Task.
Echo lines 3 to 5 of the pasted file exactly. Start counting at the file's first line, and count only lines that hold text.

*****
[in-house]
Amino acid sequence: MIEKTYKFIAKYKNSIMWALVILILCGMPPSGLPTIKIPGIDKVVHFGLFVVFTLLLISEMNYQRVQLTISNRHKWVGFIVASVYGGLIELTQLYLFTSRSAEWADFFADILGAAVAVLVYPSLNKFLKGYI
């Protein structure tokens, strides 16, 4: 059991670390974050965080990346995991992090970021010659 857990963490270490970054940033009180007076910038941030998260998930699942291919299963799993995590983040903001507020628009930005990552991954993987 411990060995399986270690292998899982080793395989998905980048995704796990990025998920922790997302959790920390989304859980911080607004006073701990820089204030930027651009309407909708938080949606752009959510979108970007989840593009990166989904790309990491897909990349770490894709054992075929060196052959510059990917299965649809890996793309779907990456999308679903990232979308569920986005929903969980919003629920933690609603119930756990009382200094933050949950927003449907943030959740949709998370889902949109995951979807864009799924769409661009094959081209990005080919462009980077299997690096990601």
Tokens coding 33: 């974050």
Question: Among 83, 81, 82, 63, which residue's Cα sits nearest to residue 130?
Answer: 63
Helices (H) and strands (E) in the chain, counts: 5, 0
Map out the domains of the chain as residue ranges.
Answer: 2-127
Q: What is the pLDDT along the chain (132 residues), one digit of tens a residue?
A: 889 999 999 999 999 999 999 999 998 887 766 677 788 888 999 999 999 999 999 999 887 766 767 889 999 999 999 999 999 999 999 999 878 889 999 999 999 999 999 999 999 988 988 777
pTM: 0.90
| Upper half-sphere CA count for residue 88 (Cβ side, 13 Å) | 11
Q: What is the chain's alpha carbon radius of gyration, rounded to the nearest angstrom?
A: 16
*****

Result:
């Protein structure tokens, strides 16, 4: 059991670390974050965080990346995991992090970021010659 857990963490270490970054940033009180007076910038941030998260998930699942291919299963799993995590983040903001507020628009930005990552991954993987 411990060995399986270690292998899982080793395989998905980048995704796990990025998920922790997302959790920390989304859980911080607004006073701990820089204030930027651009309407909708938080949606752009959510979108970007989840593009990166989904790309990491897909990349770490894709054992075929060196052959510059990917299965649809890996793309779907990456999308679903990232979308569920986005929903969980919003629920933690609603119930756990009382200094933050949950927003449907943030959740949709998370889902949109995951979807864009799924769409661009094959081209990005080919462009980077299997690096990601």
Tokens coding 33: 């974050």
Question: Among 83, 81, 82, 63, which residue's Cα sits nearest to residue 130?